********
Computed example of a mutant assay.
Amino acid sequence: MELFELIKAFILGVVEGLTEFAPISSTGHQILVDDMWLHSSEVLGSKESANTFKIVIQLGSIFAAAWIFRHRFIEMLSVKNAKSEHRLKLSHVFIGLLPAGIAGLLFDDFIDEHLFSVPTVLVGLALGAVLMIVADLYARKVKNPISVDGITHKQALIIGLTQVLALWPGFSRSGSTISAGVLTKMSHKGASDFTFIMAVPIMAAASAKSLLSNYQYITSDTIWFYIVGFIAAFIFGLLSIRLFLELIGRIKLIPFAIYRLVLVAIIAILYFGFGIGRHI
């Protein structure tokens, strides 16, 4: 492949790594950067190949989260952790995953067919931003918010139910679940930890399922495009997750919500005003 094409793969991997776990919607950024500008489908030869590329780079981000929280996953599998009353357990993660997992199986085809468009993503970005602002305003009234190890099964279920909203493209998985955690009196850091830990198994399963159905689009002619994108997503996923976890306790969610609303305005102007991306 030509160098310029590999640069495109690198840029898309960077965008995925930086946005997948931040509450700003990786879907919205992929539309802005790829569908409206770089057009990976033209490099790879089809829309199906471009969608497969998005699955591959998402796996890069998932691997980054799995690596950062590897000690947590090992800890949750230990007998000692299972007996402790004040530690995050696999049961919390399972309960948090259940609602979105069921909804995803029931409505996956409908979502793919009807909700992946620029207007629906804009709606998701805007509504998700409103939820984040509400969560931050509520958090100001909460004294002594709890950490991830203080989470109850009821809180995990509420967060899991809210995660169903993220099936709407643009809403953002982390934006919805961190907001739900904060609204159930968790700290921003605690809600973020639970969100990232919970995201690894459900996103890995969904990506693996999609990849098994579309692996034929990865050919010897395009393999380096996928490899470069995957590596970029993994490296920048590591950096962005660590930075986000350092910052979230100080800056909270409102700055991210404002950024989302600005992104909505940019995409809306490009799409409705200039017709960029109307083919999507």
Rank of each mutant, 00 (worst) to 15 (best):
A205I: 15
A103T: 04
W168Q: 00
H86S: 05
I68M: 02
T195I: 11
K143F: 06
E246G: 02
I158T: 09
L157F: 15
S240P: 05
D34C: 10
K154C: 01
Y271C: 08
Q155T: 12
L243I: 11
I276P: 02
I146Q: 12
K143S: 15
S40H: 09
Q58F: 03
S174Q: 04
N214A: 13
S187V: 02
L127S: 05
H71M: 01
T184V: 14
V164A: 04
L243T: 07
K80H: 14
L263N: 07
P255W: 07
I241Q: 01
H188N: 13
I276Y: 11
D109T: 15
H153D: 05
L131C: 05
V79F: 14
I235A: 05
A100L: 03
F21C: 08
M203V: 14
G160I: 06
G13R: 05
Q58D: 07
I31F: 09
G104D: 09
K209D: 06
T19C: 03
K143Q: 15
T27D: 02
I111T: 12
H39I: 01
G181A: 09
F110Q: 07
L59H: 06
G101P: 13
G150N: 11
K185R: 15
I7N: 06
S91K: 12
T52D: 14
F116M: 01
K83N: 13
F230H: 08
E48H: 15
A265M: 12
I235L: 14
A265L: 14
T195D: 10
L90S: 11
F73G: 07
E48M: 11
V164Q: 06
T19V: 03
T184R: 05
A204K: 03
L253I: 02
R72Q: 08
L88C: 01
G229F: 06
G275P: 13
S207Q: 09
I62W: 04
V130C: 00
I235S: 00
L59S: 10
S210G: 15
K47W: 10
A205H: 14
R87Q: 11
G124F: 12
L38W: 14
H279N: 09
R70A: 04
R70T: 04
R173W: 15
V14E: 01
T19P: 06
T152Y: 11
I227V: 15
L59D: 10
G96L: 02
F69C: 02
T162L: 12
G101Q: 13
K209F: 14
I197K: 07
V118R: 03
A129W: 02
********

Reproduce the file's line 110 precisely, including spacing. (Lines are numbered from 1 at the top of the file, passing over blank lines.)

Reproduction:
T162L: 12